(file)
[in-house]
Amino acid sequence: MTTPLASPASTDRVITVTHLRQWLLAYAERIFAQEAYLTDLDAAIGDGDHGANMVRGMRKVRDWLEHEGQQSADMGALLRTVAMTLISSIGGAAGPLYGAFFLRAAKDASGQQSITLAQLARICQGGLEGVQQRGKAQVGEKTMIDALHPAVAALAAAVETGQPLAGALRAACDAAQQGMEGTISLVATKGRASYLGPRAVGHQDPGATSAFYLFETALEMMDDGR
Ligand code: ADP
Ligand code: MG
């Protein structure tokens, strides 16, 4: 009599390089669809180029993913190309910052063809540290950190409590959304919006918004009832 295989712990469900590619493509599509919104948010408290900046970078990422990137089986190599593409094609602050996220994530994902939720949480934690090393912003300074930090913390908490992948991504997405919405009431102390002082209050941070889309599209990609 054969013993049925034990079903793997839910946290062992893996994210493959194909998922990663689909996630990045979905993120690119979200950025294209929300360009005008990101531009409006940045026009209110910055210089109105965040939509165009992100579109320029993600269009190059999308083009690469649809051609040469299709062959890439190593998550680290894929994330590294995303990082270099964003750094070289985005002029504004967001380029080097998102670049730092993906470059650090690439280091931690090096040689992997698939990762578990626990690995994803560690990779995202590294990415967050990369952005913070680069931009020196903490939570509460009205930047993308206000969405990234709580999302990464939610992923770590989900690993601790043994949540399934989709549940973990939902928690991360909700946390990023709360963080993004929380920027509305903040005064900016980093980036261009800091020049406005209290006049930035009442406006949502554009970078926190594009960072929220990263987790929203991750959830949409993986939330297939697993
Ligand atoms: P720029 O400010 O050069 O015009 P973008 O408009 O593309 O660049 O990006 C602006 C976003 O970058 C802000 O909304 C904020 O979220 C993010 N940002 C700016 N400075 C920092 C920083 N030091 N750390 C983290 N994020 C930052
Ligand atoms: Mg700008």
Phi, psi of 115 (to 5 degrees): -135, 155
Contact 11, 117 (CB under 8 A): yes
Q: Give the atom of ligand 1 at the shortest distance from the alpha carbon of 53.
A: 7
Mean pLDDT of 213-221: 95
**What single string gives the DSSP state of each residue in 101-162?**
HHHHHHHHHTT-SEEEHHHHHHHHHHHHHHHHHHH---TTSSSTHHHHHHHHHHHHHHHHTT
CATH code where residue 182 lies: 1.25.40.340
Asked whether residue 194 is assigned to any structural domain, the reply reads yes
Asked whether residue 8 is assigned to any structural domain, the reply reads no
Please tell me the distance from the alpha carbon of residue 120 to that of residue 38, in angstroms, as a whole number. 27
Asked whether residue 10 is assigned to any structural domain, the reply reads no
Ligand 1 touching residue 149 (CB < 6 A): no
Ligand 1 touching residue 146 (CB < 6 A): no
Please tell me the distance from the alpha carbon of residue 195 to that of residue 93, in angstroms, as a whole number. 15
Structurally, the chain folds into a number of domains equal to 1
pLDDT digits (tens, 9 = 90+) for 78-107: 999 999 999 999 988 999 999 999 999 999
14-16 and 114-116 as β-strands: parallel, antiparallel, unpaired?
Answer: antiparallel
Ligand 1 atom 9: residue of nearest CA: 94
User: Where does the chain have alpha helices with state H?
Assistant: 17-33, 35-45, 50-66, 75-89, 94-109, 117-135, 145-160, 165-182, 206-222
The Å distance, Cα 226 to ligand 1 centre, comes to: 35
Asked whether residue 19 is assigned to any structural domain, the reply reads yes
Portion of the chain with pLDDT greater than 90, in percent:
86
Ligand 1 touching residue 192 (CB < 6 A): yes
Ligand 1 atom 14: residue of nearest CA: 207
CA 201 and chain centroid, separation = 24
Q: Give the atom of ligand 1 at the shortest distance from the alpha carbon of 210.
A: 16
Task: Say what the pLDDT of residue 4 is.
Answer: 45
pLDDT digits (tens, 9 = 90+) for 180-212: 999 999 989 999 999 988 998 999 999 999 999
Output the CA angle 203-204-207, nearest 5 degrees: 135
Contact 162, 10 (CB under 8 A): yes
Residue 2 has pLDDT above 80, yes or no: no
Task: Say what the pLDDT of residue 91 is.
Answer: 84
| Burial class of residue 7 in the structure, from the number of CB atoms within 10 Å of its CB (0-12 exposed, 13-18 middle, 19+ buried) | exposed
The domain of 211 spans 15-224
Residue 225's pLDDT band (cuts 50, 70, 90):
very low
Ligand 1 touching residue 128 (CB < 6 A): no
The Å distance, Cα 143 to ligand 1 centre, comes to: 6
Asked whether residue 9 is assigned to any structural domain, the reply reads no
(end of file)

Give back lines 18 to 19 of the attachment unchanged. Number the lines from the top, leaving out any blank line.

Please tell me the distance from the alpha carbon of residue 120 to that of residue 38, in angstroms, as a whole number. 27
Asked whether residue 10 is assigned to any structural domain, the reply reads no